As we pass through another celebration of Independence Day, Americans can marvel at the fact that – whether a war for independence, a civil war, world wars or depressions large and small – the history of the nation has been to turn adversity and despair into hope and promise. As we hopefully emerge from the latest economic duress begun a half dozen years ago, we can at least take some comfort from the signs of hope.
Housing starts, the stock market and some retail sales show signs of promise. However, the skills crisis the nation faces is a problem that has yet to be addressed. The facts are that U.S. competitiveness largely rests on our ability to confront and address the mismatch that currently exists in the between the skills needed to fill 21st century jobs and the education currently being provided to our young people.
Before heading into a debate over the future directions we must take, there are some facts we need to review. First off, middle-skill jobs, those jobs that carry middle-class wages and the promise of middle-class lifestyles and the ability to climb the steps of the economic ladder, currently provide employment to 29 million Americans. Labor Department projections tell us that over the next 10 years these jobs are likely to increase by 50 percent, providing opportunity to about 15 million Americans. Increasing high school graduation rates in a majority of U.S. states, coupled with the availability of these jobs, ought to give us comfort.
But they don't. Currently the graduation rate for two-year community colleges, even at the end of six years, hovers at about 25 percent. For the vast majority of young people who drop out, their wages are likely to top off at about $15 per hour for life, with many earning less.
In the middle of the 20th century, education policy in the U.S. changed markedly, and those changes turned problems into economic opportunity for generations of Americans. High school, which had been optional in virtually all states, became mandatory, and high school completion rates skyrocketed. Concurrently, the GI Bill of Rights offered higher education to scores of returning veterans, and college completion skyrocketed as well.
We were at an inflection point, and millions of Americans found their skills directly connected to the skills required for solid careers offering economic hope and opportunity. But that hope depended on the two policy changes outlined. Without them, it is questionable that their future and the future of the U.S. would have been so bright.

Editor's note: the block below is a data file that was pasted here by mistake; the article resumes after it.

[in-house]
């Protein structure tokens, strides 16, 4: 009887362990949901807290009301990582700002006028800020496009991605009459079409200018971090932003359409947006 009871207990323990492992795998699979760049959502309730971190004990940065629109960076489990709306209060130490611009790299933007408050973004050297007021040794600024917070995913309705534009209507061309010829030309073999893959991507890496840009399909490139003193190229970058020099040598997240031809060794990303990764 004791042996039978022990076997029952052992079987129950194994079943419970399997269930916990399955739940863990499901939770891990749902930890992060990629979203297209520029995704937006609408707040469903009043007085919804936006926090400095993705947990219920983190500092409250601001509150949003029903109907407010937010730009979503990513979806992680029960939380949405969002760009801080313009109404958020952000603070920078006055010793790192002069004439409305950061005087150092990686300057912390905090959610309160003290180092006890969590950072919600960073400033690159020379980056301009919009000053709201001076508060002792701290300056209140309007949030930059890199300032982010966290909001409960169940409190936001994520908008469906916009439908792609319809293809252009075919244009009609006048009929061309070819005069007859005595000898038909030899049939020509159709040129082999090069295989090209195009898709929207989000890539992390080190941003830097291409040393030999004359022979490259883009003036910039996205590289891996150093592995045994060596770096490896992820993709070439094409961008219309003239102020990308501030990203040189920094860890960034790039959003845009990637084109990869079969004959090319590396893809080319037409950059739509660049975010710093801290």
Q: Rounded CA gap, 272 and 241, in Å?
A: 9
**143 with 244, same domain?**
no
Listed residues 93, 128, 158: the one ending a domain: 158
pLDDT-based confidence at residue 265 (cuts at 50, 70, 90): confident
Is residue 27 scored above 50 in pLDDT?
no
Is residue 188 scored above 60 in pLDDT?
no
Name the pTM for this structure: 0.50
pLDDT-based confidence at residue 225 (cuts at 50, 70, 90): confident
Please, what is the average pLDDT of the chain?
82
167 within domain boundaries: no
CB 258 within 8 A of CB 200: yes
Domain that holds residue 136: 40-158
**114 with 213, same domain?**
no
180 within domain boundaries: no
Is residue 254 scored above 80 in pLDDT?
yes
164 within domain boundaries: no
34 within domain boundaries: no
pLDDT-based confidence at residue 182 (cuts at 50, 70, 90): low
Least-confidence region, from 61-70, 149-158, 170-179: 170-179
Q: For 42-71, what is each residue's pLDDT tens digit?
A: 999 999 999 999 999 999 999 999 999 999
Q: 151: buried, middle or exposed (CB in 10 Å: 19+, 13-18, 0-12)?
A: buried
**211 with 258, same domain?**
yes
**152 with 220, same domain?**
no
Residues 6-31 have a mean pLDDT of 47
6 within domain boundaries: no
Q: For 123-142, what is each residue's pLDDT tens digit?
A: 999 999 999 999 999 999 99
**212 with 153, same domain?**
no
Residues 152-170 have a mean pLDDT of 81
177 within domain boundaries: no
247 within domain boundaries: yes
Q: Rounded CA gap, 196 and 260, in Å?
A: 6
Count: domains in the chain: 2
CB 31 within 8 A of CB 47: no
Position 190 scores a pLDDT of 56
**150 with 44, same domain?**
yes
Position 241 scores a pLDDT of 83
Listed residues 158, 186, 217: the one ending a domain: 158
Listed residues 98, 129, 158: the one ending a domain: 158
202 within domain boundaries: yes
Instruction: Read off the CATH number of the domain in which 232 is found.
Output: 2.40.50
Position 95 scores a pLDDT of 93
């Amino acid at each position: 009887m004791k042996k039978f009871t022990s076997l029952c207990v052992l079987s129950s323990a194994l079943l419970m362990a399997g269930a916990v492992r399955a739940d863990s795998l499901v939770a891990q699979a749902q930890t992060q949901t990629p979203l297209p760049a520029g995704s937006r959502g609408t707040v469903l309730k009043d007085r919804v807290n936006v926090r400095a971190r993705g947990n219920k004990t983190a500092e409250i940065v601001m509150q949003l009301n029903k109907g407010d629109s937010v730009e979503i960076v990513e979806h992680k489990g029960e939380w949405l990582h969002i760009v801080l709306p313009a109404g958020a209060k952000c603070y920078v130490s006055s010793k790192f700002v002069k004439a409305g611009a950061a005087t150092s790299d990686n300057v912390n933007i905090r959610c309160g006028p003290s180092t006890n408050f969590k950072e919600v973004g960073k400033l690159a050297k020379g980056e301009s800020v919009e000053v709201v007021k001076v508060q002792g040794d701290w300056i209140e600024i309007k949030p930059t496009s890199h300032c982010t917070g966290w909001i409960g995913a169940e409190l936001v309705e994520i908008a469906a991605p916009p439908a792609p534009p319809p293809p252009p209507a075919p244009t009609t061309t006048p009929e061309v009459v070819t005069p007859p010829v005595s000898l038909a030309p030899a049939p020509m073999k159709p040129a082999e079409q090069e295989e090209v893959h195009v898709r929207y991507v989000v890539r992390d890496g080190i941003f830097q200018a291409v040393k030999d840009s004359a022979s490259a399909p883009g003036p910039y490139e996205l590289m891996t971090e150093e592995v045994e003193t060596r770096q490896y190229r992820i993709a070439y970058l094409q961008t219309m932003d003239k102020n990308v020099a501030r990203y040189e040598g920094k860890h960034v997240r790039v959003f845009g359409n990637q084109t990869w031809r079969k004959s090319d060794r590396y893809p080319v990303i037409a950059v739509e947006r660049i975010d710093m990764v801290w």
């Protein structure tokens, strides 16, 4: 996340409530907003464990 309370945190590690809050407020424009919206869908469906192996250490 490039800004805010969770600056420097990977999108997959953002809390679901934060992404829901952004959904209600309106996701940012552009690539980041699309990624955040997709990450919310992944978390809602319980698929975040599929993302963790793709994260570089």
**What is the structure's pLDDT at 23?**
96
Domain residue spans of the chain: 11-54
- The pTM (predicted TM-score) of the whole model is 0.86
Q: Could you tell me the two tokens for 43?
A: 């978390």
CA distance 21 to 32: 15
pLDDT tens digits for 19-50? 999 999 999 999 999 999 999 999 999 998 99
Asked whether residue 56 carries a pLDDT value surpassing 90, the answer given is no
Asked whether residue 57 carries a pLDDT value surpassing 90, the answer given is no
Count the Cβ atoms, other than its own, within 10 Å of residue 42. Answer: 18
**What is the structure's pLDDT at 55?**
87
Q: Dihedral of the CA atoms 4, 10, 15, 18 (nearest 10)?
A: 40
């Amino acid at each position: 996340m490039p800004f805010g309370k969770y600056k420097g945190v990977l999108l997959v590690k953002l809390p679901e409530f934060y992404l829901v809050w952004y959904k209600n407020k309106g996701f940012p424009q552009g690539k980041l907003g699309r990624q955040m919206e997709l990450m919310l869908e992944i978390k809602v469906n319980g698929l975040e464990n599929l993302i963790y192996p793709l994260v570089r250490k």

There are two changes, if embraced at this point, that could provide that kind of opportunity today. In the United States, what we used to refer to as vocational education, of late called career and technical education, was funded by federal, state and local education funds. The federal money, well over $1 billion last year provided to states and localities via the Perkins Act, provided a good deal of this support.
And yet it funded and supported education programs that look a lot like what the U.S. embraced more than 50 years ago. These funds provided equipment, instruction and related costs to connect education to careers, but the careers they connect to often no longer exist. The Perkins Act is up now for reauthorization and without spending new money, it could produce new value for millions of students.
First, the funds ought to require business involvement to link education to careers. Second, the funds ought to require connection to higher education coursework and curriculums so students can have the workplace skills and the educational preparation and credentials required. Finally, these funds ought to require connection to where the jobs are and are likely to be, as opposed to careers that no longer exist.
With these criteria and metrics that measure success and provide accountability for results, we could gradually see this investment produce returns in the form of well prepared young people able to take the jobs of tomorrow. This modest change in Perkins Act funding, which currently is distributed with no criteria and no metrics for performance, would be step one.
Step two also requires a "Back to the Future" history lesson. In the 1960's, as part of efforts to help young college-age students afford their tuition costs, which then were a fraction of today's costs, the federal government passed the College Work Study Program, which survives to this day. Last year, it too involved over $1 billion in federal funding allowing students to earn, on average, $2,500 to offset tuition costs. These "jobs" largely take place today in college cafeterias and college libraries, providing little skills.